Avani Yoga

The word 'Yoga' means to unite or bring together - Practising Yoga integrates mind, body and spirit, bringing a sense of 'wholeness' and well-being.  Regular practice improves core strength, balance, flexibility and concentration. Physical and mental tension can then be released and this helps the mind to rest in the present moment and become aware of inner peace.

Yoga Therapy responds sensitively and holistically to each client's individual health needs, creating a sustainable personal yoga practice to improve well-being.  This begins with a one-to-one consultation with a yoga therapist, which may include assessment of posture, physical mobility, breathing, mental and emotional health and lifestyle. Client and therapist then work together to create a yoga routine that fits the client's needs, lifestyle and abilities.

Hatha Yoga  (or ‘sun energy’ /‘moon energy’  yoga) balances the fiery energy we need to be active and full of life, with the cooling energy we need to rest and relax.  Avani Yoga has five aspects:
  • Relaxation - As life becomes busier we need to develop healthy, effective ways to relieve stress.  Taking time to simply ‘be’ in the present moment, tuning in to one's own body and consciously letting go of tension promotes deep healing and connects us to inner peace.
  • Gentle exercise - Yoga postures are called asana, yoga sequences are called vinyasa.  Asana and vinyasa practice is accompanied by deep, gentle conscious breathing. The benefits are absorbed by resting for a few breaths between each asana.  Practising a balanced set of asana and vinyasa, preceded by a thorough warm-up, is deeply beneficial for the body-mind.  It releases tension and improves strength, stability,  flexibility and balance.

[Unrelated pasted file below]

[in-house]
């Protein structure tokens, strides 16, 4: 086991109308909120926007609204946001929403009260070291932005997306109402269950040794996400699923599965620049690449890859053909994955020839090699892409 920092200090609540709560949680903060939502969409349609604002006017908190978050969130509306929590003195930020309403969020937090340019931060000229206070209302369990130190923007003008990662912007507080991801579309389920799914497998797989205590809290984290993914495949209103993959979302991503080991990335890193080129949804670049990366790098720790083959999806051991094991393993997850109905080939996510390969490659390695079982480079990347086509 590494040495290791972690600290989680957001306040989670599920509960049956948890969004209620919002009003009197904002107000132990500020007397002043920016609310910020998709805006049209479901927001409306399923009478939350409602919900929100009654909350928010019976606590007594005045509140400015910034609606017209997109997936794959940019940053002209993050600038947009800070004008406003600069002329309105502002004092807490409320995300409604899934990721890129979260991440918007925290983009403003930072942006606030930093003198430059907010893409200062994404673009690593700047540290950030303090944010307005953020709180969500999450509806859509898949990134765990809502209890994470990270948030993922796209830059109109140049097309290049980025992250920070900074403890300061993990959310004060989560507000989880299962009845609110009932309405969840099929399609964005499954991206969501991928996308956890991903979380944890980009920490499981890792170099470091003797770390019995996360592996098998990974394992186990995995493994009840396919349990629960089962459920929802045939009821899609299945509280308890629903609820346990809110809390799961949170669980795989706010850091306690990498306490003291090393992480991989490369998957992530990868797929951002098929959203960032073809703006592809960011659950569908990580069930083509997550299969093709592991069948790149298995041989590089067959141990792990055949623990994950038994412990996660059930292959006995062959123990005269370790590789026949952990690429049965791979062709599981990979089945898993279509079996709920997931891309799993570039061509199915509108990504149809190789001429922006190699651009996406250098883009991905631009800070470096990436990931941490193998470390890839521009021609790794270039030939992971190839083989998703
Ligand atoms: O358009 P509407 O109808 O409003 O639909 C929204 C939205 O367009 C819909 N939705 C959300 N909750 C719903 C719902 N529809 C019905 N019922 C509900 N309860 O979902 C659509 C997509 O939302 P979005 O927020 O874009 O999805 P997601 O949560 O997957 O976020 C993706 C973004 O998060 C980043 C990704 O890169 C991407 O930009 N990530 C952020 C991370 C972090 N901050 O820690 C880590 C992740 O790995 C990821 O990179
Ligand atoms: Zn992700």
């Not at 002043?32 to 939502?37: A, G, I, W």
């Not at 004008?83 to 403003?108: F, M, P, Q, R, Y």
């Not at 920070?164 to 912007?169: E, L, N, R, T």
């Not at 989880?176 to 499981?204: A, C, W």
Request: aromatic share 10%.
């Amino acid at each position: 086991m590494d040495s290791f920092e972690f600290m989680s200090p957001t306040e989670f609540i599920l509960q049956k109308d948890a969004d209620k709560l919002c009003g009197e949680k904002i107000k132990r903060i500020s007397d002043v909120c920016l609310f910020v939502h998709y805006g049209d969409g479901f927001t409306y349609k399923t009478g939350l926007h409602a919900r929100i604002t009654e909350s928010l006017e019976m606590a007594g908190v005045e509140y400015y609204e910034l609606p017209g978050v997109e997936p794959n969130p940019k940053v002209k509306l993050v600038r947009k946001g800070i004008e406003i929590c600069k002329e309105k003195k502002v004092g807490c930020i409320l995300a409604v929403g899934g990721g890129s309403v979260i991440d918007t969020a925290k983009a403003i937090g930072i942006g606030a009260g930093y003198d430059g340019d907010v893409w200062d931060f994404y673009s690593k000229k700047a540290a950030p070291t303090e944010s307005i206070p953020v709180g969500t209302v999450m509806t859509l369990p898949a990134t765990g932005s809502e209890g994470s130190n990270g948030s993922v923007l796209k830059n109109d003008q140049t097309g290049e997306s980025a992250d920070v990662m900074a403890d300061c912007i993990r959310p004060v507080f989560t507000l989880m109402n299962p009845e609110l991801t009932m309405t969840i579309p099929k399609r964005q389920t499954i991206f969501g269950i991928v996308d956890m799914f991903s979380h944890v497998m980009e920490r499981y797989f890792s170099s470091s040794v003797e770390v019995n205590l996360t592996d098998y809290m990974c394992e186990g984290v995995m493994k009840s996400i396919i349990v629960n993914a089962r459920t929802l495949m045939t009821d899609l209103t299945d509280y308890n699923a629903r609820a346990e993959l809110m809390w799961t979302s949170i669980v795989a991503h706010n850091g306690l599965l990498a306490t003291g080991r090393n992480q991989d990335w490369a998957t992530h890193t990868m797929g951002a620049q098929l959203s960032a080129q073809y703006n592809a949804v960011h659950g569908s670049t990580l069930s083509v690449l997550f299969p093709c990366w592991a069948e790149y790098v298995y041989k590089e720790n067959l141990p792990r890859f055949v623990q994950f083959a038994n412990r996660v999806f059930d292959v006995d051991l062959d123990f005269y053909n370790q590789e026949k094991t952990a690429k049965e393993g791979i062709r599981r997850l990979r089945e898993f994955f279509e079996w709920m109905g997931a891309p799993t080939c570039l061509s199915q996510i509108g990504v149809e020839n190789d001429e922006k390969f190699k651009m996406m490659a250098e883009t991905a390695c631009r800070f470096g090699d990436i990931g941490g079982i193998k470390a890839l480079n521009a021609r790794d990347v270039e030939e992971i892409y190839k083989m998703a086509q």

• Yoga breathing / life-force expansion (pranayama) - Subtle energy/life force (prana) is drawn in with each breath and controlled through breathing practices called pranayama. Practising pranayama has a profoundly positive effect on the nervous system and therefore on all of the body's systems. Pranayama increases vitality, balancing energy and enthusiasm with the ability to remain gently focused and relaxed.
  • Healthy eating - Prana (life-force) is also assimilated through eating.  Fresh, simple, unprocessed food is rich in prana.  Healthy diets contain the right balance of proteins, carbohydrates, fats, vitamins, minerals, fibre and water.  It is best not to eat two to three hours before practising yoga asana and vinyasa.  It is beneficial to sip water regularly throughout the day, particularly whilst exercising.
  • Mindfulness and meditation - with full attention gently focused in being present, we experience depth, freshness and beauty.  This helps us to let go of worries about the past and future, accept ourselves as we are and awaken to our connection with the whole of life.